Pulmonary embolism and infarction
Pulmonary embolism is an obstruction of the pulmonary arterial bed by a dislodged thrombus or foreign substance. Pulmonary infarction, or lung tissue death from a pulmonary embolus, is sometimes mild and may not produce symptoms. However, when a massive embolism occurs involving more than 50% obstruction of pulmonary arterial circulation, it can be rapidly fatal.
What causes it
Pulmonary embolism usually results from dislodged thrombi that originate in the leg veins. Other less common sources of thrombi are the pelvic, renal, hepatic, and arm veins and the right side of the heart.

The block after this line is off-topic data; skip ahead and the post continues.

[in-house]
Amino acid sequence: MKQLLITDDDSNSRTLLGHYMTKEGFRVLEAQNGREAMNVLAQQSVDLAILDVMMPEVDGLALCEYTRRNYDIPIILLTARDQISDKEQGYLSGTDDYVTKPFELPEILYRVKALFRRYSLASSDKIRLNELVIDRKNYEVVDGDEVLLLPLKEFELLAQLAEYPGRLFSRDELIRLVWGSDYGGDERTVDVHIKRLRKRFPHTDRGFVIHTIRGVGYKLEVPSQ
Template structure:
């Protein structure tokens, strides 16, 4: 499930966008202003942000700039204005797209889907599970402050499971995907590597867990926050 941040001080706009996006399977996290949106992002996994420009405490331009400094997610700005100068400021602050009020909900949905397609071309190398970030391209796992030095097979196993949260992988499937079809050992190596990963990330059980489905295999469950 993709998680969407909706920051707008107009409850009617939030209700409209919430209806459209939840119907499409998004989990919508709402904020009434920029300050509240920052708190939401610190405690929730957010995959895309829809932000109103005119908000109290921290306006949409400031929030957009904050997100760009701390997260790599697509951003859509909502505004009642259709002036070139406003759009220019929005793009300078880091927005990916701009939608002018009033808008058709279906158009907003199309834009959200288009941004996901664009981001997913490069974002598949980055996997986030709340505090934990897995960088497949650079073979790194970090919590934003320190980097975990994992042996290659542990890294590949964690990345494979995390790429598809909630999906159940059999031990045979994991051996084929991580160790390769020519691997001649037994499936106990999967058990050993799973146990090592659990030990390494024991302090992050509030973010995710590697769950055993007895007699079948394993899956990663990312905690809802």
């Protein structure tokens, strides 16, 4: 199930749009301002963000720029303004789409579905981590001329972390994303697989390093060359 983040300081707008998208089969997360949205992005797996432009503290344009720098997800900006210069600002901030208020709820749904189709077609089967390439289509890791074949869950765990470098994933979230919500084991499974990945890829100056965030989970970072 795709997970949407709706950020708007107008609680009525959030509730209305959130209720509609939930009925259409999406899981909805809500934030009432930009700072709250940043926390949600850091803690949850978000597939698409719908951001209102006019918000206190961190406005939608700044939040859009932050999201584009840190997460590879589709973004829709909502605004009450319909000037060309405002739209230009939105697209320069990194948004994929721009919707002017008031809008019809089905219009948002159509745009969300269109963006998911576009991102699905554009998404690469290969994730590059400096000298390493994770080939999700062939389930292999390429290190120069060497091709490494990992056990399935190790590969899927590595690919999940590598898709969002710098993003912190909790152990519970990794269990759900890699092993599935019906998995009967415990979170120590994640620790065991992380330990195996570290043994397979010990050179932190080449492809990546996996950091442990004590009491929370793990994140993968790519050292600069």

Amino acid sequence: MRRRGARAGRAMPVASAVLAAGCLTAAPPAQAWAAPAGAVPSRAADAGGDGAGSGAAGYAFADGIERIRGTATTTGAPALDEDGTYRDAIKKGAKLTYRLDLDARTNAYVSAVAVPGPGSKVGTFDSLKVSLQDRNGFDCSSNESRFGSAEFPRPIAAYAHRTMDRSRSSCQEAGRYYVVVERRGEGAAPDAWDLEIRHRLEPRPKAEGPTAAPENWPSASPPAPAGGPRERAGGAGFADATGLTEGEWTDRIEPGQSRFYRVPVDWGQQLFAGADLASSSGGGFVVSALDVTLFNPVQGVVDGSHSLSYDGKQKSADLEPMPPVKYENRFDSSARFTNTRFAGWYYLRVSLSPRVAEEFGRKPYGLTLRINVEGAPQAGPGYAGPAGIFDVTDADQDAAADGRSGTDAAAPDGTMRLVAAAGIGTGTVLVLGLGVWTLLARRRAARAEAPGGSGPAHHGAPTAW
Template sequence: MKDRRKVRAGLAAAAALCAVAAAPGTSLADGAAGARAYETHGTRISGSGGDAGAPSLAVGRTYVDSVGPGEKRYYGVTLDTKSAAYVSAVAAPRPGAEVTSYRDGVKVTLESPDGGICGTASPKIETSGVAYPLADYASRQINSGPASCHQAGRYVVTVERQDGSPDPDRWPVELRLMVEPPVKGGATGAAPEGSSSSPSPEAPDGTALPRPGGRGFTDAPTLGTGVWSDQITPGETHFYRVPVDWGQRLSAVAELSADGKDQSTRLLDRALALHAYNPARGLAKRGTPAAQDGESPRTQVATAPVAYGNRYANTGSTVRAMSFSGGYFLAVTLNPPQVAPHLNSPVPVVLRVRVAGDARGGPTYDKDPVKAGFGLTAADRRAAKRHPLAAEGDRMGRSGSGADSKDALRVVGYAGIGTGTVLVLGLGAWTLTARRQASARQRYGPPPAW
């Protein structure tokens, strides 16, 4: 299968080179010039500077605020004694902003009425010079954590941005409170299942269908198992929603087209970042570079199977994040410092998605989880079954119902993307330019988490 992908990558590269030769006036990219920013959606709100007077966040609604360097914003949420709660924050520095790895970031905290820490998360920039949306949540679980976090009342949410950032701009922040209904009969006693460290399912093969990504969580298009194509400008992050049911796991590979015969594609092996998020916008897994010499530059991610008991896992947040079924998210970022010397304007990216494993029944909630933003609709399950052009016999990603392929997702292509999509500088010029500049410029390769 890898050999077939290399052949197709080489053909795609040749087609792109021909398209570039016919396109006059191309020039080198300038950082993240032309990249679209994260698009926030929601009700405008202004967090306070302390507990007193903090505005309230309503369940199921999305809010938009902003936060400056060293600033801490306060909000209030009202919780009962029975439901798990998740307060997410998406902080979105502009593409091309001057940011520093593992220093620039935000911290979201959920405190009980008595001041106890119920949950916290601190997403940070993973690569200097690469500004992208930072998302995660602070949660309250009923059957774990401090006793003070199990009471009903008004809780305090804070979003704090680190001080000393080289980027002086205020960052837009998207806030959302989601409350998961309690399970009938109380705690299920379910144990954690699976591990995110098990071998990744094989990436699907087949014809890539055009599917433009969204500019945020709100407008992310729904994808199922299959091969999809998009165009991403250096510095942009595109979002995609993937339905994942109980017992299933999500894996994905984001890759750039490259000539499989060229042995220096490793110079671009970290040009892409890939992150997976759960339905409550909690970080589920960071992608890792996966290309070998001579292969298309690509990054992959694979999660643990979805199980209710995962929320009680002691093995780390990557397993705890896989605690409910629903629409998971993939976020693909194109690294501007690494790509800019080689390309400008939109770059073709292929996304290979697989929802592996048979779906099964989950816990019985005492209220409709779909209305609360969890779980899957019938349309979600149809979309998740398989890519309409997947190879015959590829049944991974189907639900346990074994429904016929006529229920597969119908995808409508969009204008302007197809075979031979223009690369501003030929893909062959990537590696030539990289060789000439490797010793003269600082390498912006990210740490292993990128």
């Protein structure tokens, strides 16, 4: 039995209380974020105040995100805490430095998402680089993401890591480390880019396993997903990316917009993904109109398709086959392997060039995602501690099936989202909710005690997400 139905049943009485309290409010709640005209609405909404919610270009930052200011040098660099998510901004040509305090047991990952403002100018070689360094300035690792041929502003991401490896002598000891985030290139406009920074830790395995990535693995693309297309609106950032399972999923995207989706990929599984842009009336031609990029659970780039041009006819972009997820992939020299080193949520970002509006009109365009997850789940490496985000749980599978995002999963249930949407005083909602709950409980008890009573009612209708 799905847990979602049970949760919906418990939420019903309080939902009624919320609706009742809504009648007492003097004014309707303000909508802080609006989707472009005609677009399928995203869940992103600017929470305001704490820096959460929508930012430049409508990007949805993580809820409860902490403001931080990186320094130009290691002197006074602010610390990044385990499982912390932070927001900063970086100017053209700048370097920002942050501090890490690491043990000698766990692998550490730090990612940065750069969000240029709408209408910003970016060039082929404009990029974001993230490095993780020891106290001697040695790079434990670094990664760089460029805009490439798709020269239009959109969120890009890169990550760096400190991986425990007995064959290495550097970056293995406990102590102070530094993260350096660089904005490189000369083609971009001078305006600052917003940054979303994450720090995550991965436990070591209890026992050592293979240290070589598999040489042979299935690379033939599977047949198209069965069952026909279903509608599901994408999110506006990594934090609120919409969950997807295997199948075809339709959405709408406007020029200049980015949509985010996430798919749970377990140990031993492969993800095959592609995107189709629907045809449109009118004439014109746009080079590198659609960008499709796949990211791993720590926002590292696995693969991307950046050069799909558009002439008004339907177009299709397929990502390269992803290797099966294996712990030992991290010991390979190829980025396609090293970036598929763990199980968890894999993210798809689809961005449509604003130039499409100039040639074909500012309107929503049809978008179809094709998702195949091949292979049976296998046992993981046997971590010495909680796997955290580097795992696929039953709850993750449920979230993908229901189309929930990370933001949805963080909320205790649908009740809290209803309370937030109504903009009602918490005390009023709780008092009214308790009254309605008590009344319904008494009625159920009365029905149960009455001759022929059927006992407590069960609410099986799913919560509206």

Trauma, clot dissolution, sudden muscle spasm, intravascular pressure changes, or a change in peripheral blood flow can cause the thrombus to loosen or fragmentize. Then the thrombus — now called an embolus — floats to the heart’s right side and enters the lung through the pulmonary artery. There, the embolus may dissolve, continue to fragmentize, or grow.